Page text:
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The following information passed a request for deletion.

This discussion is no longer live and is left here as an archive. Please do not modify this conversation, but feel free to discuss its conclusions.

This is a blanket request for discussion over how to treat all entries for place names with (city), (state), etc. intact. A name like イリノイ州 literally means "Illinois State" and is usually used when plain "Illinois" would be used in English, yet they are not inseparable: "Illinois University" is イリノイ大学, not *イリノイ州大学. Searching for イリノイ州に行く ("go to Illinois State") yields ten times as many results as イリノイに行く ("go to Illinois.") I suppose a case could be made for including イリノイ州, but I think it's a weak case, and such a page raises a question: should there also be an entry for plain イリノイ? Having both types of entry makes thousands of duplicate entries and that's not fun.

Most of the translations do not have 市, 州, etc. For example, I just created ブカシ from a translation at Bekasi. The title of the corresponding Japanese Wikipedia page (see w:ブカシ) is ブカシ, but the title of its infobox is ブカシ市. I propose moving all place names like イリノイ州 to forms like イリノイ, or at least encouraging new pages to be of the latter form. --Haplology (talk) 06:07, 8 April 2013 (UTC)

Sounds good to me. I was going to create カムチャッカ but wasn't sure if our rules demand カムチャッカ半島 instead. Often unsure with translations, so added both テムズ川 and テムズ as translations for Thames. 利根川 (Tonegawa river) would sound incomplete without "川", though. The English name includes "gawa", so "Tonegawa river" is "Tone river river" :) --Anatoli (обсудить/вклад) 12:40, 8 April 2013 (UTC)
My favorite example from the Department of Redundant Geographical Place Names Redundancy Department was a sign in Tokyo labeling a waterway in romaji as the Shin-sen-gawa River -- where "Shin-sen" was spelled in kanji as 新川.
So it's the New River River River.
-- Eiríkr Útlendi │ Tala við mig 01:07, 9 April 2013 (UTC)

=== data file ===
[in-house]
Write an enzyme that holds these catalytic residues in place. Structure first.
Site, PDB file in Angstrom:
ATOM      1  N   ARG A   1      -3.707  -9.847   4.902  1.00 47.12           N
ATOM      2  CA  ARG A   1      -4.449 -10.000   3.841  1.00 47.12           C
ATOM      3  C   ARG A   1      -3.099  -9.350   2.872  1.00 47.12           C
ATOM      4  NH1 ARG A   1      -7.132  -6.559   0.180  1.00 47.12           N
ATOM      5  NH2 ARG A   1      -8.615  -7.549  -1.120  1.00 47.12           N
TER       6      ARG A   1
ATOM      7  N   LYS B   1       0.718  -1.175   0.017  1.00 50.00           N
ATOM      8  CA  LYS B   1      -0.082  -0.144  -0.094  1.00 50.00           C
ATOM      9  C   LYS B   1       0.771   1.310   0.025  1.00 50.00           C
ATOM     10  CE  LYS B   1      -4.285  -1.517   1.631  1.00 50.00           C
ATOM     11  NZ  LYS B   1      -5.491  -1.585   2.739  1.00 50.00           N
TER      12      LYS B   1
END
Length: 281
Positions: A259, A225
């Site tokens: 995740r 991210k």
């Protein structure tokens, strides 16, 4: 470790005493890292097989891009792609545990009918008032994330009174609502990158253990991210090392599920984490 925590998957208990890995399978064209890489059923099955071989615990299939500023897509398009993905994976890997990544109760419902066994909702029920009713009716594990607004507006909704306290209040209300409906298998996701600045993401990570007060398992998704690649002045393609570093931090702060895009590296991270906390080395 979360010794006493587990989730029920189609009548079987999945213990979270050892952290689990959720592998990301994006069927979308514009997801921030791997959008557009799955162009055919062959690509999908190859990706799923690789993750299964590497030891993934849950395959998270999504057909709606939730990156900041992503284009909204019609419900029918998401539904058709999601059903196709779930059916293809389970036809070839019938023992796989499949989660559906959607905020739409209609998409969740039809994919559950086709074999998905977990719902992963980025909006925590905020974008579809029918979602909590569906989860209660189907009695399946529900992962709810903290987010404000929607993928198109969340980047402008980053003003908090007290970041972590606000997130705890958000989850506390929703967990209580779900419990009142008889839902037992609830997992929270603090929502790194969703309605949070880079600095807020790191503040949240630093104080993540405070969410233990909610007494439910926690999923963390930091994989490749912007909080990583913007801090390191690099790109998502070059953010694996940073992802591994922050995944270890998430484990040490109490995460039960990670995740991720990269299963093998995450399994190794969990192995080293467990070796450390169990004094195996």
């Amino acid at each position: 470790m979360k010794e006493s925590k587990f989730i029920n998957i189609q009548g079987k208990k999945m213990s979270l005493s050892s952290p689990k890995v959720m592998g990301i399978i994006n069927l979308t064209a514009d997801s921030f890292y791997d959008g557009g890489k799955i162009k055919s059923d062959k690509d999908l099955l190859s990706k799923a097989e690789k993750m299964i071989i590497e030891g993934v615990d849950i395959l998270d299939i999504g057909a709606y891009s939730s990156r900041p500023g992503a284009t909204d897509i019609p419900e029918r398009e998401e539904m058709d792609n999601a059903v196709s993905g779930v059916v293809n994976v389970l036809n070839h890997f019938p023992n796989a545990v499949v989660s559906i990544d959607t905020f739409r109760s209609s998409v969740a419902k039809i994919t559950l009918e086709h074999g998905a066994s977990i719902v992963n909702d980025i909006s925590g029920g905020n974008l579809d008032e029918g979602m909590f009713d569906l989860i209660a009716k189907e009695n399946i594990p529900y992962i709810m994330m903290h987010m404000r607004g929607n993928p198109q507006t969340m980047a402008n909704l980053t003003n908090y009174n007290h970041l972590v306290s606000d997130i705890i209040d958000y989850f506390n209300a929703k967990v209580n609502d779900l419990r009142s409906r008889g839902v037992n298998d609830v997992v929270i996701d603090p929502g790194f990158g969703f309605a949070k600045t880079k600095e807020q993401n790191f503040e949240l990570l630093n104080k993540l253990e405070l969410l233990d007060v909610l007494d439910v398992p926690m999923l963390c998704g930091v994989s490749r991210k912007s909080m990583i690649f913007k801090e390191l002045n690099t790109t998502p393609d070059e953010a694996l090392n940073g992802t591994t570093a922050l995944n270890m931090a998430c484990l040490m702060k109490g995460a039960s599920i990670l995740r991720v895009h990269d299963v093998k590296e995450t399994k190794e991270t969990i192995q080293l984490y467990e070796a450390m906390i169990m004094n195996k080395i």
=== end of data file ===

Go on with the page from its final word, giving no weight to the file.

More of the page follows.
It may be still difficult. Most Japanese Category:ja:Islands end in 島 or 諸島. Should they become redirects? What about Category:ja:Seas. 黄海 or 北海 without 海 are not sea names, like Yellow Sea or Black Sea without the word "sea". --Anatoli (обсудить/вклад) 01:22, 9 April 2013 (UTC)
Actually, now I'm leaning toward keeping this page because it's very helpful to learners, although why Illinois should have that privilege is another question. I still want to suggest keeping place names, especially foreign place names, as short as possible. Maybe an entry for a city like ブカシ should have a usage note about . Perhaps the fact that something is a geographical feature makes the issue more complicated? --Haplology (talk) 04:17, 9 April 2013 (UTC)
  • I think Japanese text (and Chinese too?) almost always indicates what kind of thing a place name is, by suffixing with or or or etc. etc. For that matter, folks often append these suffixes in speech as well. As such, it might behoove us to have entries for both イリノイ and イリノイ州. -- Eiríkr Útlendi │ Tala við mig 18:50, 9 April 2013 (UTC)
Ok. I can accept having both pages. If that is the case, there ought to be some difference between them. Something to the effect of イリノイ being an abstract place name, and イリノイ州 referring to a specific place in the world? On a page like イリノイ, the gloss would just be Illinois without any mention of a state, and there would be a ====Compounds==== section that included a link to イリノイ州? I don't plan on adding a compound section to every page like that at least initially, but ideally, in its most complete form, it would look like that? --Haplology (talk) 05:25, 10 April 2013 (UTC)
We should keep both イリノイ and イリノイ州. In this particular case, the latter is much more common. In Japan, Illinois is less known than, say, Kansas and you usually need to indicate it is a state. — TAKASUGI Shinji (talk) 15:47, 12 May 2013 (UTC)
OK, I'll bite: why is Kansas so much better known than Illinois in Japan? —Angr 18:42, 12 May 2013 (UTC)

Kept and closed. --Haplology (talk) 13:59, 9 August 2013 (UTC)